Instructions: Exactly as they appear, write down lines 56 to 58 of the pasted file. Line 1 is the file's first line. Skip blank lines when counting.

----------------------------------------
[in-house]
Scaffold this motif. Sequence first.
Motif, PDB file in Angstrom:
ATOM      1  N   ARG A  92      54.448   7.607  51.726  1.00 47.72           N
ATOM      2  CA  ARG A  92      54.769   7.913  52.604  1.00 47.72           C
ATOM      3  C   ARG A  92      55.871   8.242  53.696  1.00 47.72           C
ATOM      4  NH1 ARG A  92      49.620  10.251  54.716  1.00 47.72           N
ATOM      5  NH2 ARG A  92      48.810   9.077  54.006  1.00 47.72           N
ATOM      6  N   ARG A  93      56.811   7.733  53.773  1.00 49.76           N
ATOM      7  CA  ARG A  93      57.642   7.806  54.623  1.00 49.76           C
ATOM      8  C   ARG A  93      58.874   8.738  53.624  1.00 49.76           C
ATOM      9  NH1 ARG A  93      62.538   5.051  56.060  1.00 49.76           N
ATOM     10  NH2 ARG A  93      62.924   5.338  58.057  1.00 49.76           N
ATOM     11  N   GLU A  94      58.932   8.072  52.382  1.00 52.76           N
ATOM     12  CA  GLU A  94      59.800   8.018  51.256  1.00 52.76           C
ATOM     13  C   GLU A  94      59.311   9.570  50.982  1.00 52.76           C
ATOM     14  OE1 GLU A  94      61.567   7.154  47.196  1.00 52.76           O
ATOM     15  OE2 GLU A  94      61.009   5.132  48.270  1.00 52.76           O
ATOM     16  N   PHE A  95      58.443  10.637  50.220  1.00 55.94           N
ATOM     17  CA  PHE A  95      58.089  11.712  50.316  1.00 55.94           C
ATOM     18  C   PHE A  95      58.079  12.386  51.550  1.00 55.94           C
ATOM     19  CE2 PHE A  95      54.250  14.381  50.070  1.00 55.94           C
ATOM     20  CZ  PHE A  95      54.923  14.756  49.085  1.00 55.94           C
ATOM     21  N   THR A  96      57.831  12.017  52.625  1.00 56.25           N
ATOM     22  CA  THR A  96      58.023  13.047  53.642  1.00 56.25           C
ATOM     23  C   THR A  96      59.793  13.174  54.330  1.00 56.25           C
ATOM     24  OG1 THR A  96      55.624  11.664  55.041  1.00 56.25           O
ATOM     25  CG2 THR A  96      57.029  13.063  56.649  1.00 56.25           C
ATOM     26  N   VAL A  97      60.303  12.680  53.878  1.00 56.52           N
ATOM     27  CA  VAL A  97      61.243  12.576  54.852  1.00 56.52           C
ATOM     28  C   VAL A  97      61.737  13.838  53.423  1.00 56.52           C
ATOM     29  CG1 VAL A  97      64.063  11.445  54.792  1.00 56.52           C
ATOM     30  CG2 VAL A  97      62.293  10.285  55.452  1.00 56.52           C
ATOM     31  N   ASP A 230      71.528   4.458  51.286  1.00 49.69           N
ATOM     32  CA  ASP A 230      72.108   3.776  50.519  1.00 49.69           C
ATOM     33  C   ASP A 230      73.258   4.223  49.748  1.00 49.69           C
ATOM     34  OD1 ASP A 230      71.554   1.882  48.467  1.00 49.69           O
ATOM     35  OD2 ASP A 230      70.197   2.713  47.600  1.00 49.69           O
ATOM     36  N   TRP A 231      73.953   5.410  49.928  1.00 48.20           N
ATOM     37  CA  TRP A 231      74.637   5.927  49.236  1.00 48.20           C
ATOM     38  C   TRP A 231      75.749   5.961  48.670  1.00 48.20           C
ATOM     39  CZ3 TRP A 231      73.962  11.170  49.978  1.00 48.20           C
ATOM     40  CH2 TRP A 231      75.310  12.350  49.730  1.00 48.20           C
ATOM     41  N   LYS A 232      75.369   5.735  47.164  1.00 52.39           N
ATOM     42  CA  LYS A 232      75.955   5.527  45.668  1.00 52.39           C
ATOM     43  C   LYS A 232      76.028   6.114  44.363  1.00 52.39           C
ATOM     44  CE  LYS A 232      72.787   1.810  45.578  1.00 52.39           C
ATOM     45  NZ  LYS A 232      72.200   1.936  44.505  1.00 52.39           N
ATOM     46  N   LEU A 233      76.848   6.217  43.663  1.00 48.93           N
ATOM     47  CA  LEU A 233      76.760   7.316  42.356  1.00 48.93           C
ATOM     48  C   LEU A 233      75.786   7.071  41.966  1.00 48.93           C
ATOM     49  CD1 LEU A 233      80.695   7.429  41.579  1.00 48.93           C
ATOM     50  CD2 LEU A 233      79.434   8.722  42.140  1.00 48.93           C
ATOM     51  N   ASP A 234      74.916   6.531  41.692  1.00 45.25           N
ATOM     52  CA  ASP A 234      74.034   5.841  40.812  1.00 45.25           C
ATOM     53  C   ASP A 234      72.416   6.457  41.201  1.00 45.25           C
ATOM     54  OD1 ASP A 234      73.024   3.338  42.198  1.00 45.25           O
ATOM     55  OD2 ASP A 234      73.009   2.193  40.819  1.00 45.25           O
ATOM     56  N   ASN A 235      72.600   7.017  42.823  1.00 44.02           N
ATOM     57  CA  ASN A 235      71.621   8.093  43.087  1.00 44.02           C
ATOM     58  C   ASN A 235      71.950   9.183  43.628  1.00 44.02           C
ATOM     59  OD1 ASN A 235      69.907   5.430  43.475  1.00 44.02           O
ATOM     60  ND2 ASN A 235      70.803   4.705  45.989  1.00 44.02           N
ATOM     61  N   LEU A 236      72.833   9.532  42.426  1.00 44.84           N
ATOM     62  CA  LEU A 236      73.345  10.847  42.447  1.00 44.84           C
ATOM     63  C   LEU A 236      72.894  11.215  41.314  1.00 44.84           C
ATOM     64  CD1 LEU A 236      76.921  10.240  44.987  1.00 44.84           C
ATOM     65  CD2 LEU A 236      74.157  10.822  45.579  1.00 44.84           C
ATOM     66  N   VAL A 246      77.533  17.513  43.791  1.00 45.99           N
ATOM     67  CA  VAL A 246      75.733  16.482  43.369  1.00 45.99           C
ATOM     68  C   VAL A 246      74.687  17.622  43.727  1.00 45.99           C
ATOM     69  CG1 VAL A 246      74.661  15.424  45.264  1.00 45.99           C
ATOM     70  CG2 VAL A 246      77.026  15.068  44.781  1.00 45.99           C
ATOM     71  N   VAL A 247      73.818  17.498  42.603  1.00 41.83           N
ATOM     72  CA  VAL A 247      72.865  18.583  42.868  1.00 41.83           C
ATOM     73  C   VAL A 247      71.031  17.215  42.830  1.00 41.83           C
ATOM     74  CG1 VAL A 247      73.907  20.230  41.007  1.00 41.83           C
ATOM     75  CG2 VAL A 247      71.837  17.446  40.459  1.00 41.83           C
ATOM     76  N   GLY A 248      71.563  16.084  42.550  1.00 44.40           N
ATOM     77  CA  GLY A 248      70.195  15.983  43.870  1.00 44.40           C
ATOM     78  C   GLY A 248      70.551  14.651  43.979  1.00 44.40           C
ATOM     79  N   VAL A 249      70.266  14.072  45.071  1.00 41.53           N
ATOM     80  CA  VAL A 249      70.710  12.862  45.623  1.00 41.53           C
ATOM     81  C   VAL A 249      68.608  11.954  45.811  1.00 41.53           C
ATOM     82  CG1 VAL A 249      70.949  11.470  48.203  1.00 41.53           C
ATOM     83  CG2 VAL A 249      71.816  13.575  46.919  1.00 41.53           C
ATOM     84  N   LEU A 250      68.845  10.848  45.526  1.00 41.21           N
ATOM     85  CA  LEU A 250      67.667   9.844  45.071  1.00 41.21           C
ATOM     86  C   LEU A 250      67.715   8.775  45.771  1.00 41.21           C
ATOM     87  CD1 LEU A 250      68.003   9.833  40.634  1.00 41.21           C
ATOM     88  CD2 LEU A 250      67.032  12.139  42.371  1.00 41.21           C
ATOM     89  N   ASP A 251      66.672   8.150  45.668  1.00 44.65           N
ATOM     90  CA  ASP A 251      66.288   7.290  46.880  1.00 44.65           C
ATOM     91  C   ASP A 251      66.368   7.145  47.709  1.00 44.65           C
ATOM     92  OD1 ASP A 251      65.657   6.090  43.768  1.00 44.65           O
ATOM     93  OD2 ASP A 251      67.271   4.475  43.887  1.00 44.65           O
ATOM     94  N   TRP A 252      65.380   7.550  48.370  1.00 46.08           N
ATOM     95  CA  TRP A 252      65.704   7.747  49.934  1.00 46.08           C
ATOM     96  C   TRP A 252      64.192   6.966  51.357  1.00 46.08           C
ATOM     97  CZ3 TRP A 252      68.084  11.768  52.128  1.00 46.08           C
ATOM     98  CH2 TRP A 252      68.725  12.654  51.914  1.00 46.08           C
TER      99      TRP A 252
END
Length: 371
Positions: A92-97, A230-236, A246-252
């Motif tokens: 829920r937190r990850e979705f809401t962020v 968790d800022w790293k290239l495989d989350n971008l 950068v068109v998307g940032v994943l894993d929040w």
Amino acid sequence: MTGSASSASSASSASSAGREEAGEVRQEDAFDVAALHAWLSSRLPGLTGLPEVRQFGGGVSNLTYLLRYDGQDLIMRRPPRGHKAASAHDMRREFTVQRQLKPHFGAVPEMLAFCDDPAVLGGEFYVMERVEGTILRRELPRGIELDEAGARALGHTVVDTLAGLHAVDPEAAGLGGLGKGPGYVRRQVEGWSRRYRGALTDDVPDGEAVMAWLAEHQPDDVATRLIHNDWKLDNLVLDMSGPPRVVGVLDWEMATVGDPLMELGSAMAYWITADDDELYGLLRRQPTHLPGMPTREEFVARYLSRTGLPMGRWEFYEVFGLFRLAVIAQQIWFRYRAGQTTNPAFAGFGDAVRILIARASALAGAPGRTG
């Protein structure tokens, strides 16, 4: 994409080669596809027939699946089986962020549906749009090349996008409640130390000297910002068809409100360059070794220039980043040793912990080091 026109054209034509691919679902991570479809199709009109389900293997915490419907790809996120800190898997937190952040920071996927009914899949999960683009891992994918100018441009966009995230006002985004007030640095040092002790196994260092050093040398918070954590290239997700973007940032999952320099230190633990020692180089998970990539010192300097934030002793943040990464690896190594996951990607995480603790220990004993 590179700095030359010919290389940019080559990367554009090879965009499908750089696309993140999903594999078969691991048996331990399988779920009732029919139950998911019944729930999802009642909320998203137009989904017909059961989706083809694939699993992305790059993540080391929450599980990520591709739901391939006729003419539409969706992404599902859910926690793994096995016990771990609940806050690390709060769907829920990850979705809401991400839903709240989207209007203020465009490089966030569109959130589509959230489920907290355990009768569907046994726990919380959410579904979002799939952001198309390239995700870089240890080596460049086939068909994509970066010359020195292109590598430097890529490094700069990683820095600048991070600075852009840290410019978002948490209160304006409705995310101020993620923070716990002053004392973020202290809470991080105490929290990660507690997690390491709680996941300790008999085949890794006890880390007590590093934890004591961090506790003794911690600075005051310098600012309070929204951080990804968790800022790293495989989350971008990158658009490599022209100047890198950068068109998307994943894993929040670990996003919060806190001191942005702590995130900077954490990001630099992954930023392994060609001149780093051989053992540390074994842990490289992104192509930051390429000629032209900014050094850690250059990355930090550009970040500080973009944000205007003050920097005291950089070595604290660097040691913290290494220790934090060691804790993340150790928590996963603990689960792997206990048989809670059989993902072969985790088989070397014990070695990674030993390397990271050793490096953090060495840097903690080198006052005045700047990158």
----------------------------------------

ATOM     53  C   ASP A 234      72.416   6.457  41.201  1.00 45.25           C
ATOM     54  OD1 ASP A 234      73.024   3.338  42.198  1.00 45.25           O
ATOM     55  OD2 ASP A 234      73.009   2.193  40.819  1.00 45.25           O